No more traffic jams or parking problems
The new navigation systems promise to help with those driving snarls.
Hamburg -- A new generation of navigation systems is promising much more than guiding the motorist from A to B, including features on avoiding traffic jams and the search for parking spaces in crowded inner cities.
Current navigation systems have a map on the display with a voice guiding the driver to his/her destination. Now several manufacturers are working on prototypes with three-dimensional (3D) displays offering an almost realistic depiction of everything ahead - buildings, trees and surrounding landscapes.
The new systems are designed for use not only in the car but while on horseback, on a bicycle or walking. Thanks to the internet, a bird's eye view can be chosen, giving the user information similar to that found on Google Earth with info on everything from restaurants, filling stations or nearby hotels.
The maps are updated automatically and in case of an emergency rescue services can pinpoint your exact position down to the nearest metre. The 3D technology is expensive. Specialists compile the images by driving along the roads and comparing the buildings to a catalogue of different computer images and colours. The images of the streets are thus not realistic but closely resemble them.
At present, navigators help you find your way but won't tell you whether a traffic jam is coming up ahead. But a solution is underway.
The navigation solution provider Tomtom will launch its "high definition" (HD) traffic information system in cooperation with Vodafone later this year in Germany. It combines conventional radio traffic reports with its software on movement patterns of mobile telephones. The motorist is informed beforehand where traffic congestion looms and offered an alternative route. The system, described as the world's most advanced traffic information service, has been in operation in the Netherlands since last November.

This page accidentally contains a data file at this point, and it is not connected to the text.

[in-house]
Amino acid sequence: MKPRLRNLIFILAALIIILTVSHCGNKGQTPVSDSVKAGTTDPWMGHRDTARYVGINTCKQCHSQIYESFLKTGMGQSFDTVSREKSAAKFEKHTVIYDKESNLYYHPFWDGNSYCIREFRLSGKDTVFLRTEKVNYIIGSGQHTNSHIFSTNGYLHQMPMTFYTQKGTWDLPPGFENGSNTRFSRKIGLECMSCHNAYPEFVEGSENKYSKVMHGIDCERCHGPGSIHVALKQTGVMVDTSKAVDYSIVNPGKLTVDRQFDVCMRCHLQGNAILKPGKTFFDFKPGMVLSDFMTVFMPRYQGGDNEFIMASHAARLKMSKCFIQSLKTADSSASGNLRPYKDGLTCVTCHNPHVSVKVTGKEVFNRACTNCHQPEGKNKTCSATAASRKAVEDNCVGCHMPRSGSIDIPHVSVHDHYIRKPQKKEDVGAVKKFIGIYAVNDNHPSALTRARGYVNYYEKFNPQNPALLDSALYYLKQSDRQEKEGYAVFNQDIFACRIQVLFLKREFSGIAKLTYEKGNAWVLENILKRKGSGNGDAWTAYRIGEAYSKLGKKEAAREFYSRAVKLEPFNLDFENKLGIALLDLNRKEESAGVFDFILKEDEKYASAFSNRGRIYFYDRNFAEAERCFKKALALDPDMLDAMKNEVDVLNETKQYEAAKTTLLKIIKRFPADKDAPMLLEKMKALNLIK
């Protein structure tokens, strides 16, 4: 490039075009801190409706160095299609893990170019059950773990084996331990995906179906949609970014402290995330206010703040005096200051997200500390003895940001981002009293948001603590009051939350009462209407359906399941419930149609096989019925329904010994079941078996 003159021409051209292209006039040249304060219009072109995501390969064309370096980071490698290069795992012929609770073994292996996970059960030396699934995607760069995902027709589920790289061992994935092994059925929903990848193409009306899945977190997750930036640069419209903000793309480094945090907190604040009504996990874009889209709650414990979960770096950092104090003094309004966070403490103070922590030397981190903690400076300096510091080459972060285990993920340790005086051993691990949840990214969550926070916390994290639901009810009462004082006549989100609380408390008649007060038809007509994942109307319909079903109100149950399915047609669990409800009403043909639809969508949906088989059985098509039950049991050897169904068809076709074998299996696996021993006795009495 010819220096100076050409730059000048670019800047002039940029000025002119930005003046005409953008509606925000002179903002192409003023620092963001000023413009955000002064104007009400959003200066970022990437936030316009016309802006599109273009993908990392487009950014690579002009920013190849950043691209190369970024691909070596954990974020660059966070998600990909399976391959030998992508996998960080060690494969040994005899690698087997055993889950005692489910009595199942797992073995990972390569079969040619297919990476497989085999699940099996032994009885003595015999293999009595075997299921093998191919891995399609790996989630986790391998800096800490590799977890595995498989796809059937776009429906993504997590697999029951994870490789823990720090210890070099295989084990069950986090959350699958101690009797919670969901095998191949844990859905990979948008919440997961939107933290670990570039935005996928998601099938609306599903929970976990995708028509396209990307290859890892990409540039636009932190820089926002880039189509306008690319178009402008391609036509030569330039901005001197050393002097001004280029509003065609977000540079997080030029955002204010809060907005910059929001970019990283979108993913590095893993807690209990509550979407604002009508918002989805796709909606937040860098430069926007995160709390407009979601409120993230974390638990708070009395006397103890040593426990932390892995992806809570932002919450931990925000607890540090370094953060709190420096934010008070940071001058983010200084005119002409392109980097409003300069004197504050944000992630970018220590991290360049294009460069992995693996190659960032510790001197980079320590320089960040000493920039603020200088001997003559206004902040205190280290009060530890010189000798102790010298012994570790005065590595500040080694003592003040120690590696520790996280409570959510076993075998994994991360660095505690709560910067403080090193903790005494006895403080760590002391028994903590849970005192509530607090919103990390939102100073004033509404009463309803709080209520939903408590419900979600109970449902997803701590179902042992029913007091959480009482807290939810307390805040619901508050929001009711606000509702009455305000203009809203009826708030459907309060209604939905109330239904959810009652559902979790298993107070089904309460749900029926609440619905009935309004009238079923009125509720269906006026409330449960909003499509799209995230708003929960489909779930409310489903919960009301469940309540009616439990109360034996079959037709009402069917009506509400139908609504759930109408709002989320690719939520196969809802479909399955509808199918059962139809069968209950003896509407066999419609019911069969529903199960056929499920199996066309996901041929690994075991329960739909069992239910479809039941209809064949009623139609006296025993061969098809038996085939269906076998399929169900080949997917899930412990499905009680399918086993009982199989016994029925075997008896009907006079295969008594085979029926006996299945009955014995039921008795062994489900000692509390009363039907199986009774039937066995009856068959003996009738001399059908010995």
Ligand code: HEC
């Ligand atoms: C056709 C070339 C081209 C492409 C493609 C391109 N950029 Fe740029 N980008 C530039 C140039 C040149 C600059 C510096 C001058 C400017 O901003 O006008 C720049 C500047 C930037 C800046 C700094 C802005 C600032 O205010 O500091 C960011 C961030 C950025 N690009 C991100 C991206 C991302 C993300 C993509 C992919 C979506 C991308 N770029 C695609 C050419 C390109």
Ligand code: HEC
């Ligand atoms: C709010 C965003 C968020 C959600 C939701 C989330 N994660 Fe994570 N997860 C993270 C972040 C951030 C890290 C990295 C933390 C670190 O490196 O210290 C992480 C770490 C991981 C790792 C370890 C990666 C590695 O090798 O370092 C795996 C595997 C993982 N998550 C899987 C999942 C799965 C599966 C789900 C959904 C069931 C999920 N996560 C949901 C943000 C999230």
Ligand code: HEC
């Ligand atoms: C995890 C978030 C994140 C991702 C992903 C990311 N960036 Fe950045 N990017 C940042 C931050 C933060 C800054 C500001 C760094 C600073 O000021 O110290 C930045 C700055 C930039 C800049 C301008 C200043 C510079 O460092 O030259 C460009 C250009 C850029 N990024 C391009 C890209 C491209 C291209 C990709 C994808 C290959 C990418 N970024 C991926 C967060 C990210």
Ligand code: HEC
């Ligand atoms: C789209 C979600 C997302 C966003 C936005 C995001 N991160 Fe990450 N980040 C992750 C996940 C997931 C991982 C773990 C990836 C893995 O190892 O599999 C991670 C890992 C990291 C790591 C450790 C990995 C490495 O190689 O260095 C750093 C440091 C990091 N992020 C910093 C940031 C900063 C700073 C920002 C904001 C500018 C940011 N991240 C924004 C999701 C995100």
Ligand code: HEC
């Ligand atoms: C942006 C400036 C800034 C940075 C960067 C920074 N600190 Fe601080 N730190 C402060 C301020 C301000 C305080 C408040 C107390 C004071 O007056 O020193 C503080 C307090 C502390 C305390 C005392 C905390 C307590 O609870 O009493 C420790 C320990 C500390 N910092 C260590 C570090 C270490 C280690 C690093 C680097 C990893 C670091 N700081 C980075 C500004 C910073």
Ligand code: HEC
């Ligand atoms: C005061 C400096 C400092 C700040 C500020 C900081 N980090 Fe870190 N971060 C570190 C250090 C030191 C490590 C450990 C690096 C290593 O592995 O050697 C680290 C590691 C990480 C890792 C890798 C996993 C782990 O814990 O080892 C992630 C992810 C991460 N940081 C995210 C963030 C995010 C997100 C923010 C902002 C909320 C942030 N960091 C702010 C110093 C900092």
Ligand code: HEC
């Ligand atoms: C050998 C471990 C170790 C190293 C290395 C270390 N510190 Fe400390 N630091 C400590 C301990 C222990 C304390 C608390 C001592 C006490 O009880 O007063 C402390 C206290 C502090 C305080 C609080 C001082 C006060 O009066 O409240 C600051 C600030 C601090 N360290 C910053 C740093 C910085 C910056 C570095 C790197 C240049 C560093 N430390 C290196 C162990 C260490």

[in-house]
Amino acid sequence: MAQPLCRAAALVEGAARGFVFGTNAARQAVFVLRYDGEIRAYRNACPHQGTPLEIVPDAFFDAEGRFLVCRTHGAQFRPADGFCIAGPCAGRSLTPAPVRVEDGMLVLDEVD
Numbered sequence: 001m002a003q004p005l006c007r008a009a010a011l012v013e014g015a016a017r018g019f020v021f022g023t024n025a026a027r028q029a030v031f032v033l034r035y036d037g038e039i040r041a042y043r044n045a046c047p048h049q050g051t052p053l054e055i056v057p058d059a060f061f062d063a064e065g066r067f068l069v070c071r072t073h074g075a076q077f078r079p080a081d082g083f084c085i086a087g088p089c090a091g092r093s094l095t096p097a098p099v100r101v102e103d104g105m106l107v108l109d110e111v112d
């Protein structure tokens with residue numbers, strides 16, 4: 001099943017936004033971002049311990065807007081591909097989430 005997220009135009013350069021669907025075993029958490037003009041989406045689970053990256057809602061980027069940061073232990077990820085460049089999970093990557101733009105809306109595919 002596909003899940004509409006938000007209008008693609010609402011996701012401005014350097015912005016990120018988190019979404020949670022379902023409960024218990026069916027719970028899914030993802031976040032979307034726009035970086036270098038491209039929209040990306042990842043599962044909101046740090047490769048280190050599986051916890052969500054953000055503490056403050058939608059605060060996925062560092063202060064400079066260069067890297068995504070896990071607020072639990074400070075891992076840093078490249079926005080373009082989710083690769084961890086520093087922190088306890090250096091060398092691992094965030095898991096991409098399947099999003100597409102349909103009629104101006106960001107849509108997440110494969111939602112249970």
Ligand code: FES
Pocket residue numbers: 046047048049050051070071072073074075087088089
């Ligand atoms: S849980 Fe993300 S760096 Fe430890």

The service also promises a far more precise calculation on travel and arrival times.
Several navigators with mobile internet connections, apart from guiding the driver to the destination, provide a data bank of all house numbers in Europe and include a function on where to find a parking space.
Germany's consumer testing authority Stiftung Warentest recently found that most navigators do their job fairly well in guiding the motorist to the chosen destination. But even the most modern systems available have their weaknesses, Warentest pointed out warning that pedestrians only have limited use as many paths and walkways are missing.
But the navigation suppliers are promising to have completed updated maps of all pedestrian walks and paths in Europe soon, making it almost impossible to get lost while hiking in the countryside or walking in a foreign city.
DPA with Expatica